EU's Advisor On Supporting Net Activists Previously Forced From German Government...By Net Activists

from the really-the-right-person? dept

The Vice President of the European Commission responsible for the Digital Agenda for Europe, Neelie Kroes, recently made quite a stir when she dubbed copyright "a tool to punish and withhold". Now she's back with two major projects: a pan-European open data stategy and the "No Disconnect Strategy":

European Commission Vice-President Neelie Kroes has invited Karl-Theodor zu Guttenberg, a former Federal Minister of Defence, and of Economics and Technology, in Germany, to advise on how to provide ongoing support to Internet users, bloggers and cyber-activists living under authoritarian regimes. This appointment forms a key element of a new "No Disconnect Strategy" to uphold the EU's commitment to ensure human rights and fundamental freedoms are respected both online and off-line, and that internet and other information and communication technology (ICT) can remain a driver of political freedom, democratic development and economic growth.
Of course, that's rather rich coming from a region where France already allows disconnections as punishments (HADOPI), and where the UK has legislation in place that will allow it to do the same (Digital Economy Act). But it turns out that the ironies are even deeper.

The reason that Karl-Theodor zu Guttenberg -- once seen as a likely successor to Germany's current Chancellor, Angela Merkel -- is no longer the Federal Minister of Defence, and of Economics and Technology, is that he resigned when it emerged that he had plagiarized significant parts of his doctorate.

After initial denials, Guttenberg was forced to admit the extent of his plagiarism thanks largely to a crowdsourced wiki called GutenPlag (original German) offering "collaborative documentation of plagiarism", which went through his thesis searching for passages taken from elsewhere without acknowledgement. In total, it claims to have found "1218 plagiarized fragments from 135 sources, on 371 out of 393 pages (94.4%), in 10421 plagiarized lines (63.8%)." There's even an interactive, color-coded visualization of what happened where.

Certainly, Guttenberg has been punished: as well as losing his position in the German government, he was also stripped of his doctorate. But his appointment as (unpaid) advisor to the "No Disconnect Strategy" raises a question. Is somebody whose downfall was mostly brought about by a website and its crowdsourced revelations really the right person to lead a project that aims to support online activists?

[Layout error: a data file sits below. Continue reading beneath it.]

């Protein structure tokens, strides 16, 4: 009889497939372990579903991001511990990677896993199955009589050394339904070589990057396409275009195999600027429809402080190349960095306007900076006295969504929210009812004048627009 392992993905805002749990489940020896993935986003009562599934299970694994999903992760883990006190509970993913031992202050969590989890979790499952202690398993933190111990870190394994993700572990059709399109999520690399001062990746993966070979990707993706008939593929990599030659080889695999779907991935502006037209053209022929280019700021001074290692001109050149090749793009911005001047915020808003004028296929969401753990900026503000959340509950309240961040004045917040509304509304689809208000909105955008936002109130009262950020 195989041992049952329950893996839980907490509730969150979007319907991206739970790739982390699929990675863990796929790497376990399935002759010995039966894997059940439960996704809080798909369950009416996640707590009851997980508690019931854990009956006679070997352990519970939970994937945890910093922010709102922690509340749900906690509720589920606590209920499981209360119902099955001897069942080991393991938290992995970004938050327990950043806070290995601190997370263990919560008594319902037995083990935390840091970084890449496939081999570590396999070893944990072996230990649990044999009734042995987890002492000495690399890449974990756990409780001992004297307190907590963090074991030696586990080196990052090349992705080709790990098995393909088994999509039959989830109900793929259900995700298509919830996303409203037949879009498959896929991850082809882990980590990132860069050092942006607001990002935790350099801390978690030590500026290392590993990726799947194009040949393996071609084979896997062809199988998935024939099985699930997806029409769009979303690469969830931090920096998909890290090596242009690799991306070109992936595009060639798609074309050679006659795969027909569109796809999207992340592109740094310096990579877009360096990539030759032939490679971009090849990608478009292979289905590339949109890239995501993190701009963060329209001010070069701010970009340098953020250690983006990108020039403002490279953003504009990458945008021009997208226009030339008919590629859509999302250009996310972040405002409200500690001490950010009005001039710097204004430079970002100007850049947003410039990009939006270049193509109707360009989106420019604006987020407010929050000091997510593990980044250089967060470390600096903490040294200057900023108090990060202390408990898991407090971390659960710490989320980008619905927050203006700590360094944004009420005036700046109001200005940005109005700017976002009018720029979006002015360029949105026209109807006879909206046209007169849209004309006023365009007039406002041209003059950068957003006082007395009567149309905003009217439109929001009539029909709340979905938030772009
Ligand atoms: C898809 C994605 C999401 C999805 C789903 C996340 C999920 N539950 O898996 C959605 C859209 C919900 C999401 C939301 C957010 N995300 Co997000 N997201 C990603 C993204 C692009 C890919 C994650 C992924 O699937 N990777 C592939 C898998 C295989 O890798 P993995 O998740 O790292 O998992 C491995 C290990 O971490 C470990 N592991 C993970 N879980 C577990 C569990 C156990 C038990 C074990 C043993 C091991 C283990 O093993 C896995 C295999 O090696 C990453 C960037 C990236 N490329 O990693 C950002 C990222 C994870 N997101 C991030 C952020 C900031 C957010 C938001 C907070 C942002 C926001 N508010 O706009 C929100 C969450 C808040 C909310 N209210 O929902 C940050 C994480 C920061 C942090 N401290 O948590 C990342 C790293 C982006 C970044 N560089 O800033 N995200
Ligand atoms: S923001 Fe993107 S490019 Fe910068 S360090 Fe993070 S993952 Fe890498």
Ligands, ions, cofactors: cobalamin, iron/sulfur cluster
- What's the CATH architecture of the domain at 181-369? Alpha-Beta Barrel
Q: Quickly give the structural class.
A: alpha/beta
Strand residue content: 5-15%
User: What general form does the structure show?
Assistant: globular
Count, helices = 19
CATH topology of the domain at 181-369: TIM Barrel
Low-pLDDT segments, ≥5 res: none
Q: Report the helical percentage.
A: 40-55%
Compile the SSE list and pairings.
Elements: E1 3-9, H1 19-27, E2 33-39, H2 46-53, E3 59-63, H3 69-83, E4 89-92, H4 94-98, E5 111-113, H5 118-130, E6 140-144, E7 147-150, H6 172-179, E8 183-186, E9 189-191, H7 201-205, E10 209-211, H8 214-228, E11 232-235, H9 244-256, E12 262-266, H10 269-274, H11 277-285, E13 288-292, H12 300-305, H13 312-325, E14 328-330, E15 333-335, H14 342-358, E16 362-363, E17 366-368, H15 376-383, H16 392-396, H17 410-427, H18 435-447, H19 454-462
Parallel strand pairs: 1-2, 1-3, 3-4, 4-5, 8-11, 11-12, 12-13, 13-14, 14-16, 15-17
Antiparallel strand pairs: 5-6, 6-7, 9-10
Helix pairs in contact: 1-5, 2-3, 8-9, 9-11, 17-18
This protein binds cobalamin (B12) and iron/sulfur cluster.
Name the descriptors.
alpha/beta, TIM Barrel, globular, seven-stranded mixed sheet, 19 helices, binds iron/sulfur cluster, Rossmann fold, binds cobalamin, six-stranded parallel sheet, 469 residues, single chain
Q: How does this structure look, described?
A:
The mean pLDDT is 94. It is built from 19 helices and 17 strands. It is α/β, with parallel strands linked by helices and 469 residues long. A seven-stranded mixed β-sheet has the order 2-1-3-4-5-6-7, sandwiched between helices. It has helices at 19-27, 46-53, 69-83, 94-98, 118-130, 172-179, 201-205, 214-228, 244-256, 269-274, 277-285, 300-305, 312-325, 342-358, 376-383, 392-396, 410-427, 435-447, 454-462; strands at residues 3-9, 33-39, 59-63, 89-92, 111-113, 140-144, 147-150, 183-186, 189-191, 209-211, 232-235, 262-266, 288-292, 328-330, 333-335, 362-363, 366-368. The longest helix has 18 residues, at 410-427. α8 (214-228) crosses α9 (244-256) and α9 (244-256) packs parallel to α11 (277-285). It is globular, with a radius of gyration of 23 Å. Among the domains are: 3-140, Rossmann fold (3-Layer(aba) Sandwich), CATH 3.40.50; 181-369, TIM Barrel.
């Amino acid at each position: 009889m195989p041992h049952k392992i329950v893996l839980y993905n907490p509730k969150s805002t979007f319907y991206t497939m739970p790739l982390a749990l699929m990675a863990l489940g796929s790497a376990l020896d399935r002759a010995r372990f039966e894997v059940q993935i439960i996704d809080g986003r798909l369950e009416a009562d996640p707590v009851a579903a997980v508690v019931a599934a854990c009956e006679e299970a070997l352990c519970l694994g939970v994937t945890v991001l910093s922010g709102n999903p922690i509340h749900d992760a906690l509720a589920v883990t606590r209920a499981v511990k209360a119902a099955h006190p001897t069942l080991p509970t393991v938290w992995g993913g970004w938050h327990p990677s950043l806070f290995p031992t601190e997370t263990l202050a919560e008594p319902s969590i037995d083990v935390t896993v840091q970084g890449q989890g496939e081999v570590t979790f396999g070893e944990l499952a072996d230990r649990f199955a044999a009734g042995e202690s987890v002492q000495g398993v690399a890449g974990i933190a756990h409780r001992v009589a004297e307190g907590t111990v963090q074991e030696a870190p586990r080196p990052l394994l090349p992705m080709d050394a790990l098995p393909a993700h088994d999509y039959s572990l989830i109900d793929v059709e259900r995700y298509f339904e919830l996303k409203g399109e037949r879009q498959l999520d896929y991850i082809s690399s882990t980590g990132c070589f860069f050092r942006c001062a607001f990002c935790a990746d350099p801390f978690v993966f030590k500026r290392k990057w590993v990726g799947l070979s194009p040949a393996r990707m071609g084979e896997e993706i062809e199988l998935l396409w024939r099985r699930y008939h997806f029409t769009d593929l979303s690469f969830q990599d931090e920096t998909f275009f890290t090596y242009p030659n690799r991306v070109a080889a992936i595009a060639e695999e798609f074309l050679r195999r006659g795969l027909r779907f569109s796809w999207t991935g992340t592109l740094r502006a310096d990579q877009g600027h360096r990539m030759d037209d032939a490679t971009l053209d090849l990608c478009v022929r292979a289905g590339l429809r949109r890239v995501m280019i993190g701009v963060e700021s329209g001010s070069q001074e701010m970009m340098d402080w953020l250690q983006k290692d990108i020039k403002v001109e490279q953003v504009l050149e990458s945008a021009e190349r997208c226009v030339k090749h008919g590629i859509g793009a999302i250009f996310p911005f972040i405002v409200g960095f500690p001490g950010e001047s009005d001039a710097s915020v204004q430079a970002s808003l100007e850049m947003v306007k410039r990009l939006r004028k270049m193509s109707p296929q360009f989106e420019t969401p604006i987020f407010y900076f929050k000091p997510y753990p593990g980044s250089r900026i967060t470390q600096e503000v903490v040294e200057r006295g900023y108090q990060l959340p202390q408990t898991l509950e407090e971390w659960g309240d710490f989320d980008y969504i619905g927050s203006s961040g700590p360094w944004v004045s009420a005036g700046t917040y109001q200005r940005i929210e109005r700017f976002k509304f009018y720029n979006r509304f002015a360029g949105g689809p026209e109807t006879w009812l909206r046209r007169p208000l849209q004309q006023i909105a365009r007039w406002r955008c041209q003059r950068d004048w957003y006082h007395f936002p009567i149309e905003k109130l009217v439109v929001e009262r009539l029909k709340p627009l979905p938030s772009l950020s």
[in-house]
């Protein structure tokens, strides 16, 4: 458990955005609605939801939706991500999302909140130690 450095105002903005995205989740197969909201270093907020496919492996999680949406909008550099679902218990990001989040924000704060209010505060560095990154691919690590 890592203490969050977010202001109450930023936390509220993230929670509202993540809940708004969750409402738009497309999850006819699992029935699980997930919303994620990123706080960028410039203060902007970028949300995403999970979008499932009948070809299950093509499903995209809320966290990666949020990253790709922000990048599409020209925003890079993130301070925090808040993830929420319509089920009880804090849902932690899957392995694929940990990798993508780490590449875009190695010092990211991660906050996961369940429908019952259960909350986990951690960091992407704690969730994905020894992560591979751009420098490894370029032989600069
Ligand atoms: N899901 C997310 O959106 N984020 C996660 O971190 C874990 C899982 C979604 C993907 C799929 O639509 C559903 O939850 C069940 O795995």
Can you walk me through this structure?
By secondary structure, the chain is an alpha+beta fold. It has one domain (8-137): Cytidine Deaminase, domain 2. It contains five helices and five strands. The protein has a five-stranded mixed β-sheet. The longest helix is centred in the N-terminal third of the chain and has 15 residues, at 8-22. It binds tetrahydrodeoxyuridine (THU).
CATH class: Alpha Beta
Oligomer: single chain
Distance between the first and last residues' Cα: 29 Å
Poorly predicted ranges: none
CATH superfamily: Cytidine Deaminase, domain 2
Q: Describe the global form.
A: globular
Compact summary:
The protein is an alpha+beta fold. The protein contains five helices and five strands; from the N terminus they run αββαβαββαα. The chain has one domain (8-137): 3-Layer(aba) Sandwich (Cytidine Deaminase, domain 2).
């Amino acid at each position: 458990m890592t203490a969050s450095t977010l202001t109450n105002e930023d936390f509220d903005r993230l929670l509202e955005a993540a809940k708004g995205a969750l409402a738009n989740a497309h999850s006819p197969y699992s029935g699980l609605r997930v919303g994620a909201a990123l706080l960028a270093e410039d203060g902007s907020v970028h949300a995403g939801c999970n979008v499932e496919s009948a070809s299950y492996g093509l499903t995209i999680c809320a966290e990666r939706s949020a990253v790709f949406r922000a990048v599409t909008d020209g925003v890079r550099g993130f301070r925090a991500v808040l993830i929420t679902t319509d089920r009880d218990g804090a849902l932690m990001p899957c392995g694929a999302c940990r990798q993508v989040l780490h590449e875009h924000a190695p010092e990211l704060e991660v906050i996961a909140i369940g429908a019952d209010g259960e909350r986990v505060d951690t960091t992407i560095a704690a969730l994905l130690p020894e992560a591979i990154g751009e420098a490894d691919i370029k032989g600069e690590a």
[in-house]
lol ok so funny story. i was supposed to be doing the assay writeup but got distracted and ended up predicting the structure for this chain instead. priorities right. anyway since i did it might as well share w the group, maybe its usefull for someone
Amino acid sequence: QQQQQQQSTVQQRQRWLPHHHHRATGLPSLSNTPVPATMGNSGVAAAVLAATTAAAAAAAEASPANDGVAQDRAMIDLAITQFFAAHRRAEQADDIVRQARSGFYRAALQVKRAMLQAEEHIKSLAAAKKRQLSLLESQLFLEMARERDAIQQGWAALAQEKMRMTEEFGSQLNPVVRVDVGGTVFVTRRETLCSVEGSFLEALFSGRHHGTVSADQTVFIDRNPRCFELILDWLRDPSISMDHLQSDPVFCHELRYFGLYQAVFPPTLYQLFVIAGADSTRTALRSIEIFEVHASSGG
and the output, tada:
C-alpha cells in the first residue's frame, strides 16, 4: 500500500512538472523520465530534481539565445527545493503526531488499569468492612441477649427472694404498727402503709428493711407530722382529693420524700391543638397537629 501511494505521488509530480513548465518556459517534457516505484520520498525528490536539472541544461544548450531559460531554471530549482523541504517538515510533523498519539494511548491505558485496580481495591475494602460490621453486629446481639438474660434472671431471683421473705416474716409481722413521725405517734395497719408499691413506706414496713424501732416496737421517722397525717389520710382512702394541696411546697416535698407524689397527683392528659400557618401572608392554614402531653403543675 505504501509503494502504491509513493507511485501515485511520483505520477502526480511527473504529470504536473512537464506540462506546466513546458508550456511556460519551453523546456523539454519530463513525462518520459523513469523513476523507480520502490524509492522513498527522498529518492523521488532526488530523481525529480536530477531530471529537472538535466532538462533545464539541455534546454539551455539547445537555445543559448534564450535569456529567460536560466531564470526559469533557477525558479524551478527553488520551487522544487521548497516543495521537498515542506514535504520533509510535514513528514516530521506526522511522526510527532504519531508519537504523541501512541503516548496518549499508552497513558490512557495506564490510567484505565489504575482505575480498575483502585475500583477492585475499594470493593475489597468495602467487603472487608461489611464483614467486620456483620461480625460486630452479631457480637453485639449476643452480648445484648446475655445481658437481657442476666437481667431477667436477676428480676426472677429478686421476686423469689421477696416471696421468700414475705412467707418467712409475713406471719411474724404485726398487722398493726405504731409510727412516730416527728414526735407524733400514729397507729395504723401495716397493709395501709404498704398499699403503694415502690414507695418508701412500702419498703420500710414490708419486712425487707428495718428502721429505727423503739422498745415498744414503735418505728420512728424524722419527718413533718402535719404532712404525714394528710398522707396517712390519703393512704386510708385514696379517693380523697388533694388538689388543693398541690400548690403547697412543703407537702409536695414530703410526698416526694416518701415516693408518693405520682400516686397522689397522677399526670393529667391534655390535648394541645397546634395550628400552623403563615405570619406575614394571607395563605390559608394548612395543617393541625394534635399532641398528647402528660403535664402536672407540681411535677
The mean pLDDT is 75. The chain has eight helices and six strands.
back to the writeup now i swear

There is also the issue of Guttenberg's multiple copyright infringements. This was investigated with a view to charges being brought, but then, as Wikipedia explains:

In November 2011, the prosecution dropped the charges, having found 23 relevant copyright violations but only marginal economic damage. Guttenberg had to make a payment of 20,000 Euros to a charitable foundation, the court ruled.
In jurisdictions with extreme copyright laws, that "marginal economic damage" argument wouldn't be enough to protect those accused of infringement from prosecution or from being disconnected. So again the question has to be: is Guttenberg really going to understand what "No Disconnect" means to human rights activists living under authoritarian regimes when he got off so lightly himself?

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  1. icon
    Jamie (profile), 13 Dec 2011 @ 2:06pm

    Re: Re: Re: Re: Re:

    The kitchen knives argument is perfectly valid.

    Kitchen knife manufacturers produce tools that are designed to be used by the general public, and which have clear and intended legal purposes. However, some people choose to use the tool for something other than its intended purpose, and may cause (physical) harm to others.

    Many of the tools used for online piracy are designed for use by the general public, and have clear and intended legal purposes. However, some people choose to use the tools for something other than their intended purposed, and this may cause (financial) harm to others.

    What's the difference here? In both cases you have tools with significant non-infringing uses, which are abused by some for purposes other than what was intended. In both cases the misuse can cause harm to others. Yet you say that all possible measures must be taken to stop one misuse, whereas the other can go unregulated?

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